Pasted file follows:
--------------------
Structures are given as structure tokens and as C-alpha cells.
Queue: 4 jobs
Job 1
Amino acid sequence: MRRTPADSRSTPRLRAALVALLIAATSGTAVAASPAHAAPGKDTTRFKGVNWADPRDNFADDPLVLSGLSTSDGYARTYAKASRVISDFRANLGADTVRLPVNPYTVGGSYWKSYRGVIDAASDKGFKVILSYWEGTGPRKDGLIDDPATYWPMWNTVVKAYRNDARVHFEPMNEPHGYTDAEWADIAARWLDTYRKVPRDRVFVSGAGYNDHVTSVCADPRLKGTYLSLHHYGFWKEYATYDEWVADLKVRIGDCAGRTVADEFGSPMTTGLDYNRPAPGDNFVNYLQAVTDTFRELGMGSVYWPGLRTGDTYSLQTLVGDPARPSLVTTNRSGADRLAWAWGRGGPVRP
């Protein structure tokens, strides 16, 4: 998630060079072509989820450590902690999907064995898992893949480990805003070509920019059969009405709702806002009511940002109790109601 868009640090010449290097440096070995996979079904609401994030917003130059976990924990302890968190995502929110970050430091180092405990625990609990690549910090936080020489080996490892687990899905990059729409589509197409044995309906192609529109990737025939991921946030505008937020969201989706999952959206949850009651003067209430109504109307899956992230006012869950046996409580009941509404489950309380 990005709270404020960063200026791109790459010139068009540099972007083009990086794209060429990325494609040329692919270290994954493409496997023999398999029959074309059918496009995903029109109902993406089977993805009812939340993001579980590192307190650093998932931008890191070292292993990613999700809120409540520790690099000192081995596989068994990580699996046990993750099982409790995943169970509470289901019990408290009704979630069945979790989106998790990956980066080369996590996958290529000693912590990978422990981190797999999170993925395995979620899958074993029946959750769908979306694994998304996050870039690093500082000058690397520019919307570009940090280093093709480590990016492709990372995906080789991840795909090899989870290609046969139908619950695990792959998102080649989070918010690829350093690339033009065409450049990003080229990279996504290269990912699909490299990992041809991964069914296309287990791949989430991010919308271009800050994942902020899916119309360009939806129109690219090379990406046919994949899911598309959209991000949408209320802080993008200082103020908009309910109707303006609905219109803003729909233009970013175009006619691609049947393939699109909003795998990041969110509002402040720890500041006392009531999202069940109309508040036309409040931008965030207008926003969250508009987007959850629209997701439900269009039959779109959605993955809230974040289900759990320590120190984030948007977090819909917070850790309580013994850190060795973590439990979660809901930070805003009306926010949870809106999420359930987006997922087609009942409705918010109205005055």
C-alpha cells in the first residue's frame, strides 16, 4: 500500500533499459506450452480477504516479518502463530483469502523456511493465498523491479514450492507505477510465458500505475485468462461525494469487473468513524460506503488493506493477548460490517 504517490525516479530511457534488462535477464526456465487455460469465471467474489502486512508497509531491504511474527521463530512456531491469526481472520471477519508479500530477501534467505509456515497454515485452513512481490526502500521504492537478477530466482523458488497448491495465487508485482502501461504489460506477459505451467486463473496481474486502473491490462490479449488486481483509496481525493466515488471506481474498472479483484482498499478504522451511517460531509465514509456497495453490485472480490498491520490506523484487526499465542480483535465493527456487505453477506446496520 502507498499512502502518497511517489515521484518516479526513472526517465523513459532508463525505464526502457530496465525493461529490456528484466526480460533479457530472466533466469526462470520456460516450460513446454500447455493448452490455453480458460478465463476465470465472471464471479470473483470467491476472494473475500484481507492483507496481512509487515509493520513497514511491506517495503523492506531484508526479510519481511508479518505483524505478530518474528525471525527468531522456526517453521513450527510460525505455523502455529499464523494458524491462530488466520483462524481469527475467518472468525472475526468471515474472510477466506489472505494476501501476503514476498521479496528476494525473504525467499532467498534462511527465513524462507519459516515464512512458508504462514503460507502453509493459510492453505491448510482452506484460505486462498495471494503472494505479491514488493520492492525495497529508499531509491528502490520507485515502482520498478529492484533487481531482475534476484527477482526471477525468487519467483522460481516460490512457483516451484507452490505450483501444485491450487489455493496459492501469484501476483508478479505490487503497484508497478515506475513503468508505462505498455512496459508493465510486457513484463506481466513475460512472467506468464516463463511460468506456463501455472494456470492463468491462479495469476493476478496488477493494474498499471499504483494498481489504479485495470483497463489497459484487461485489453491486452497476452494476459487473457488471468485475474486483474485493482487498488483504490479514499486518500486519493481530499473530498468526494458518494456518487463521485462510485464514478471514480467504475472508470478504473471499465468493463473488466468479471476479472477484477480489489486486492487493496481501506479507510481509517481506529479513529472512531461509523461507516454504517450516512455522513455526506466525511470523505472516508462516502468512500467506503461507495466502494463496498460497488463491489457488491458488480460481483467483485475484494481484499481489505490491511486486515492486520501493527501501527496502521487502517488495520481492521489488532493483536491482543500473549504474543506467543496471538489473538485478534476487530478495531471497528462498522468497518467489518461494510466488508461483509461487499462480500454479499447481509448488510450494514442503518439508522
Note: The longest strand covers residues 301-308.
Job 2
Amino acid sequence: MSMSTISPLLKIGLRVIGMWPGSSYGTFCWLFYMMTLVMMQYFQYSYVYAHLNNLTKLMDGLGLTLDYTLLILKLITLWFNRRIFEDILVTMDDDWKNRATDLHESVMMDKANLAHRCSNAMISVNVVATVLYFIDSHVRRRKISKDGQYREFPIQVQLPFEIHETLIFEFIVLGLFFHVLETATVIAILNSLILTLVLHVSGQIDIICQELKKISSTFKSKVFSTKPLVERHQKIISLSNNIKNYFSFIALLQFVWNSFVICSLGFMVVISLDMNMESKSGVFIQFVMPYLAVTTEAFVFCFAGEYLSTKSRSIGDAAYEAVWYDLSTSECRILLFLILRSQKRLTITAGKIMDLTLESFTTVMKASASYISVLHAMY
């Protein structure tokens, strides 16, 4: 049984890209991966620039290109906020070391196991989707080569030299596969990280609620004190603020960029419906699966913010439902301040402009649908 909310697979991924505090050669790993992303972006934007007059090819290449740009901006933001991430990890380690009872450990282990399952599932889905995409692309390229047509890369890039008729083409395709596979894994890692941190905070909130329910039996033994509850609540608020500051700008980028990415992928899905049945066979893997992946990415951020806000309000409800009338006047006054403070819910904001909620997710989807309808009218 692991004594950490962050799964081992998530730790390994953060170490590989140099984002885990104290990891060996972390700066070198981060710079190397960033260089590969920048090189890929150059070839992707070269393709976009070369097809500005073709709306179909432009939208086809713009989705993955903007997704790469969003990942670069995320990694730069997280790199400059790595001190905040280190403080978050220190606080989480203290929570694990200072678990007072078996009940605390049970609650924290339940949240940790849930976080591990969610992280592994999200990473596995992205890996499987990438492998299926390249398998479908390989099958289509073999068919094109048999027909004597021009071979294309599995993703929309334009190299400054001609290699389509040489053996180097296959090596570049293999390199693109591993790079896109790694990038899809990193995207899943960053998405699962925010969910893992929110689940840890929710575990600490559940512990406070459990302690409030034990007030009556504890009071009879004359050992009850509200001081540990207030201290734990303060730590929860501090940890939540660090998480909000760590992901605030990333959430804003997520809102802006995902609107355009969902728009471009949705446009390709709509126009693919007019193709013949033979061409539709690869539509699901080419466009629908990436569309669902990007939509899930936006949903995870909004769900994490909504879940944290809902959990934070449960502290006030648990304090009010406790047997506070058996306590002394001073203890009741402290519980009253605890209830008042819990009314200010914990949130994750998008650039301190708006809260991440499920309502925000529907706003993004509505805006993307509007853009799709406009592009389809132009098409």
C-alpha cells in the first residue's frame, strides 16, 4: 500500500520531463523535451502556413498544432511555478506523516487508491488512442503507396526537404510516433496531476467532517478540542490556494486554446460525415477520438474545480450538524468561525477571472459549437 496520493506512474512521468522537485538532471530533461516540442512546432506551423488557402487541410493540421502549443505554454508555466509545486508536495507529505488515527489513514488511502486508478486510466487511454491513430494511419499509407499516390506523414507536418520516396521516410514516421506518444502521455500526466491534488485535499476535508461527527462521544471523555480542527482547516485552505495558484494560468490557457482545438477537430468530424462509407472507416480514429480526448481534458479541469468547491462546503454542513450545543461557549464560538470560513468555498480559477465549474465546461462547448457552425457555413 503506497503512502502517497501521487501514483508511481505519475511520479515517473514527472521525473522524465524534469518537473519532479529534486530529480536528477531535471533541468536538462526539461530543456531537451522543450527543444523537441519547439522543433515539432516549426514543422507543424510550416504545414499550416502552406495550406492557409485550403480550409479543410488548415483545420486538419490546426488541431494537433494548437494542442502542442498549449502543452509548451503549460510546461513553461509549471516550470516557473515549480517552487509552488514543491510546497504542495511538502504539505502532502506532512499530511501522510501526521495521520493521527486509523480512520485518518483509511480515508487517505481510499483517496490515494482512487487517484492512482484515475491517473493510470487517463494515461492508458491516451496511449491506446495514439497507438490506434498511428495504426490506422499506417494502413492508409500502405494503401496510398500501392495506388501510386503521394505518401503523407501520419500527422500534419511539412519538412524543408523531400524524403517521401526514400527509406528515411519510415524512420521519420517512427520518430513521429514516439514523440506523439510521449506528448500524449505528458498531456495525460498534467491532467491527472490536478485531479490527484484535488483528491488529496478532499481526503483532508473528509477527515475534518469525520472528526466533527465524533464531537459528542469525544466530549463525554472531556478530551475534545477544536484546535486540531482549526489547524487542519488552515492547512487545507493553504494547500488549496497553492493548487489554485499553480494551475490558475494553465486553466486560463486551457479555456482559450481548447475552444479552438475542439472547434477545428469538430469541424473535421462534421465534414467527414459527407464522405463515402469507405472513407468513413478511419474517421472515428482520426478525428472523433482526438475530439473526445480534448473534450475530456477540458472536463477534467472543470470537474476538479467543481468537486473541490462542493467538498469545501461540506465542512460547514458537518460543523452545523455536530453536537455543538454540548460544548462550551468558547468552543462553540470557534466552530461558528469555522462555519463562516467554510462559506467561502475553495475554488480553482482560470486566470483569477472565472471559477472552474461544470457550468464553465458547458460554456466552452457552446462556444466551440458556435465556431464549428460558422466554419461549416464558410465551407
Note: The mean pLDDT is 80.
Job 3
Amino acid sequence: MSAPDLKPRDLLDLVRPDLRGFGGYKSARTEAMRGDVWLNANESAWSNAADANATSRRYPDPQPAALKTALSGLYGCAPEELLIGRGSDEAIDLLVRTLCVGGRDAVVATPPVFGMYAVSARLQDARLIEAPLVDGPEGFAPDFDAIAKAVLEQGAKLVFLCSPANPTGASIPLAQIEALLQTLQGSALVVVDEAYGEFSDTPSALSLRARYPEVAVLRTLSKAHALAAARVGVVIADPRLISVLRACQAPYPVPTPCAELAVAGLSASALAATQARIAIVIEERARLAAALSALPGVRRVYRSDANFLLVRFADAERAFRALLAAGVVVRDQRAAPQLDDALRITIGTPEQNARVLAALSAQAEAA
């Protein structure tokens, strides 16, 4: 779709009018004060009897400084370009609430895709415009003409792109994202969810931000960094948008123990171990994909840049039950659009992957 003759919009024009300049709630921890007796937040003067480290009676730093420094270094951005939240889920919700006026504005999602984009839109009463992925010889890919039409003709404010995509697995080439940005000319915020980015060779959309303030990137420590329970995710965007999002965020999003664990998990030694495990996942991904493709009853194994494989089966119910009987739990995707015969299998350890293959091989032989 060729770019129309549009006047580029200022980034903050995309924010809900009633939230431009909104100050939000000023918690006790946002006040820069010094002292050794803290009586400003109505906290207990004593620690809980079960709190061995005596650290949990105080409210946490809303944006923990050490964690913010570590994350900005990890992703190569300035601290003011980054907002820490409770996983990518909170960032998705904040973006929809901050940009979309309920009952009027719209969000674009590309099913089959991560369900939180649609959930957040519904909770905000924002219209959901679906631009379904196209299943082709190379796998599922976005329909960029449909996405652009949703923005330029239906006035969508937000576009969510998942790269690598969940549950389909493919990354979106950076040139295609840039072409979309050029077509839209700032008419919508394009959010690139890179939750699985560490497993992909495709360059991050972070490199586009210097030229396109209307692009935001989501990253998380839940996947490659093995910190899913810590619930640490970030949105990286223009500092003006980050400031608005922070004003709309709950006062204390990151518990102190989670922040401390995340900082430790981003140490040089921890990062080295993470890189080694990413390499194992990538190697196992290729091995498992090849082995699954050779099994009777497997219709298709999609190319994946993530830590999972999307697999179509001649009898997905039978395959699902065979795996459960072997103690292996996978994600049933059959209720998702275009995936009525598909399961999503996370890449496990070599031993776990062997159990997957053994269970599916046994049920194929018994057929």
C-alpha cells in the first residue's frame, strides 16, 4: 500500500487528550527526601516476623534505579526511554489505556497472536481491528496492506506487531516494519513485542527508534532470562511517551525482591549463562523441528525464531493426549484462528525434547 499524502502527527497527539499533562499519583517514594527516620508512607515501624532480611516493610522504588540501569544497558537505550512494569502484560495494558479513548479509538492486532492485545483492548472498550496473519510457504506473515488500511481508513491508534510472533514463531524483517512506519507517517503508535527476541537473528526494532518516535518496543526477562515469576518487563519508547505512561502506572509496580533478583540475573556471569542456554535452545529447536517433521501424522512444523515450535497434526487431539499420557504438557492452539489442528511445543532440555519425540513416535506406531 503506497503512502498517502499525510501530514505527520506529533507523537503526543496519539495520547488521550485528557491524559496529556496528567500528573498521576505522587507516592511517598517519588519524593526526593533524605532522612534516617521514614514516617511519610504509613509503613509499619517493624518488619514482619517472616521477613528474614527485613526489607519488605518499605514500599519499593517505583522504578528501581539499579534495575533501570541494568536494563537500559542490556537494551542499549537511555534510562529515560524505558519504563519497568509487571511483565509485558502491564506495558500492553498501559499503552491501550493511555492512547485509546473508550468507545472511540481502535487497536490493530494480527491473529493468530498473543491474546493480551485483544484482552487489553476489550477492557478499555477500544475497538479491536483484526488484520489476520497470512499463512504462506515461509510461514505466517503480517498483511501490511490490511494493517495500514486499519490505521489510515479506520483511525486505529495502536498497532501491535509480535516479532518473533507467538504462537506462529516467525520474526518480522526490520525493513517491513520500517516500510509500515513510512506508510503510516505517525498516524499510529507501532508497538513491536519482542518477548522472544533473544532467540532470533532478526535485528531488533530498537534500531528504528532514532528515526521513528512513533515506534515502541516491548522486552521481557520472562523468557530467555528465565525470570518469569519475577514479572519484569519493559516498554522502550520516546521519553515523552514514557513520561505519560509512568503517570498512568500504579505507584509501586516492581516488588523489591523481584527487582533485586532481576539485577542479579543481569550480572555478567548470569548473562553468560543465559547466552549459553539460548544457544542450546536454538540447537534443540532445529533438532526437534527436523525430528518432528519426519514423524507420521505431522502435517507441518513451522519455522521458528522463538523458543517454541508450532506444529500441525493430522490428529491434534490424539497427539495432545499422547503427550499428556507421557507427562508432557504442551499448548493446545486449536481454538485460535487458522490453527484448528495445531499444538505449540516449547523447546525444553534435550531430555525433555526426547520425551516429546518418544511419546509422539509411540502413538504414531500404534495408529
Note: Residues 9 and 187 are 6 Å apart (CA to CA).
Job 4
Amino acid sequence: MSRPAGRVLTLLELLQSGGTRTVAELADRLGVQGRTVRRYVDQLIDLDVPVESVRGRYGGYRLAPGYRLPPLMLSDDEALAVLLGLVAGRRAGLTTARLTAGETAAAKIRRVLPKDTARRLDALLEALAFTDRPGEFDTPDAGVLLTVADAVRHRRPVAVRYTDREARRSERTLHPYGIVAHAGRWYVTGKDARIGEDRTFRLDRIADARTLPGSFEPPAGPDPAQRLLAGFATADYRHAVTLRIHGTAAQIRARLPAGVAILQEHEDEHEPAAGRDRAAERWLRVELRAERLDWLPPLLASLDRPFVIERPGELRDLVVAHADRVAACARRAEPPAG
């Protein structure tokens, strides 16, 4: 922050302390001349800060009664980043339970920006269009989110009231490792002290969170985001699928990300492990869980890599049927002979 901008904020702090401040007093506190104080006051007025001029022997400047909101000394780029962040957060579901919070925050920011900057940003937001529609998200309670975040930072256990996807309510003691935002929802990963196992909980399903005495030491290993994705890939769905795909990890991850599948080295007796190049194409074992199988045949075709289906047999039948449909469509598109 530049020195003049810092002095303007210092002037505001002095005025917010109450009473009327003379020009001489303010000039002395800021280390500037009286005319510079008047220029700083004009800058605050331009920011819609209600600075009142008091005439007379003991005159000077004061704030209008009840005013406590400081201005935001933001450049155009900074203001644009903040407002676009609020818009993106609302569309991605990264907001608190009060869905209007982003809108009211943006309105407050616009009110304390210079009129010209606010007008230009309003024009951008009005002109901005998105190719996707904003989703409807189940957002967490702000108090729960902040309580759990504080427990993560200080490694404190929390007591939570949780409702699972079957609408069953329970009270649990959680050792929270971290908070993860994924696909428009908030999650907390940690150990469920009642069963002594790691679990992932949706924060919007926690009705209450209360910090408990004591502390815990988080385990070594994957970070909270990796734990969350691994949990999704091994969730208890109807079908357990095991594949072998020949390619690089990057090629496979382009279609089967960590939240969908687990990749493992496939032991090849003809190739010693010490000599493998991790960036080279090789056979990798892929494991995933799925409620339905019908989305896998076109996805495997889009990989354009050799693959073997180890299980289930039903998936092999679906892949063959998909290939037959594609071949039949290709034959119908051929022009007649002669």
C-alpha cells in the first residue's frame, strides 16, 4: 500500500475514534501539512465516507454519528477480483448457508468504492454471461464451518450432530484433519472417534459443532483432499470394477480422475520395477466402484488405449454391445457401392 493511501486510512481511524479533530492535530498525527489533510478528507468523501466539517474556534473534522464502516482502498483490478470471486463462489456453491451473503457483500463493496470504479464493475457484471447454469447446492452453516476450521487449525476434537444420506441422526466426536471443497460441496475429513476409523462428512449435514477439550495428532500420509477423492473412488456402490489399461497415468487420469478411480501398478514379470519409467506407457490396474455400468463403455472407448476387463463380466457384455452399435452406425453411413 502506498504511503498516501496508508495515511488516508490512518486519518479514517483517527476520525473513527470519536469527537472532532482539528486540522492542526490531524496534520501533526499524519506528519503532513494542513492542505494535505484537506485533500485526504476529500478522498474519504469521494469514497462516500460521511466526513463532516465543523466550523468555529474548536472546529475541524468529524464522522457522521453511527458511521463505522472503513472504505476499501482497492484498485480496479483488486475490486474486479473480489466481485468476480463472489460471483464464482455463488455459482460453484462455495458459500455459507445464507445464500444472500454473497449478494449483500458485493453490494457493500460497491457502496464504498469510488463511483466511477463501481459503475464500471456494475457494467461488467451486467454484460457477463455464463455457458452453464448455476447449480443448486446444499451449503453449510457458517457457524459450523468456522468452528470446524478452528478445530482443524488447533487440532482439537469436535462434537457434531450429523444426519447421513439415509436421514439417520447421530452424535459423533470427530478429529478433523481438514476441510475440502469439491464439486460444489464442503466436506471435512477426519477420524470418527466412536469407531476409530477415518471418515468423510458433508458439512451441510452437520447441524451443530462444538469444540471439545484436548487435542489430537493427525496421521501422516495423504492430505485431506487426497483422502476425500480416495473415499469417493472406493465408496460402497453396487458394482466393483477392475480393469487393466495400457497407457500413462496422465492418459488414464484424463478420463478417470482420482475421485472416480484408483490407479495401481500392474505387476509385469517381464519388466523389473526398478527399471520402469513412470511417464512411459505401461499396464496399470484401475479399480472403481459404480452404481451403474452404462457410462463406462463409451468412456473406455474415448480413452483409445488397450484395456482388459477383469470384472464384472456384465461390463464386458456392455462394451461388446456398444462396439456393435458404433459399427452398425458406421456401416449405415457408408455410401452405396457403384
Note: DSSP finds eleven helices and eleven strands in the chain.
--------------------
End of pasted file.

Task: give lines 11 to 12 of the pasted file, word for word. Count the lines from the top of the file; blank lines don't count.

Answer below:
C-alpha cells in the first residue's frame, strides 16, 4: 500500500520531463523535451502556413498544432511555478506523516487508491488512442503507396526537404510516433496531476467532517478540542490556494486554446460525415477520438474545480450538524468561525477571472459549437 496520493506512474512521468522537485538532471530533461516540442512546432506551423488557402487541410493540421502549443505554454508555466509545486508536495507529505488515527489513514488511502486508478486510466487511454491513430494511419499509407499516390506523414507536418520516396521516410514516421506518444502521455500526466491534488485535499476535508461527527462521544471523555480542527482547516485552505495558484494560468490557457482545438477537430468530424462509407472507416480514429480526448481534458479541469468547491462546503454542513450545543461557549464560538470560513468555498480559477465549474465546461462547448457552425457555413 503506497503512502502517497501521487501514483508511481505519475511520479515517473514527472521525473522524465524534469518537473519532479529534486530529480536528477531535471533541468536538462526539461530543456531537451522543450527543444523537441519547439522543433515539432516549426514543422507543424510550416504545414499550416502552406495550406492557409485550403480550409479543410488548415483545420486538419490546426488541431494537433494548437494542442502542442498549449502543452509548451503549460510546461513553461509549471516550470516557473515549480517552487509552488514543491510546497504542495511538502504539505502532502506532512499530511501522510501526521495521520493521527486509523480512520485518518483509511480515508487517505481510499483517496490515494482512487487517484492512482484515475491517473493510470487517463494515461492508458491516451496511449491506446495514439497507438490506434498511428495504426490506422499506417494502413492508409500502405494503401496510398500501392495506388501510386503521394505518401503523407501520419500527422500534419511539412519538412524543408523531400524524403517521401526514400527509406528515411519510415524512420521519420517512427520518430513521429514516439514523440506523439510521449506528448500524449505528458498531456495525460498534467491532467491527472490536478485531479490527484484535488483528491488529496478532499481526503483532508473528509477527515475534518469525520472528526466533527465524533464531537459528542469525544466530549463525554472531556478530551475534545477544536484546535486540531482549526489547524487542519488552515492547512487545507493553504494547500488549496497553492493548487489554485499553480494551475490558475494553465486553466486560463486551457479555456482559450481548447475552444479552438475542439472547434477545428469538430469541424473535421462534421465534414467527414459527407464522405463515402469507405472513407468513413478511419474517421472515428482520426478525428472523433482526438475530439473526445480534448473534450475530456477540458472536463477534467472543470470537474476538479467543481468537486473541490462542493467538498469545501461540506465542512460547514458537518460543523452545523455536530453536537455543538454540548460544548462550551468558547468552543462553540470557534466552530461558528469555522462555519463562516467554510462559506467561502475553495475554488480553482482560470486566470483569477472565472471559477472552474461544470457550468464553465458547458460554456466552452457552446462556444466551440458556435465556431464549428460558422466554419461549416464558410465551407
Note: The mean pLDDT is 80.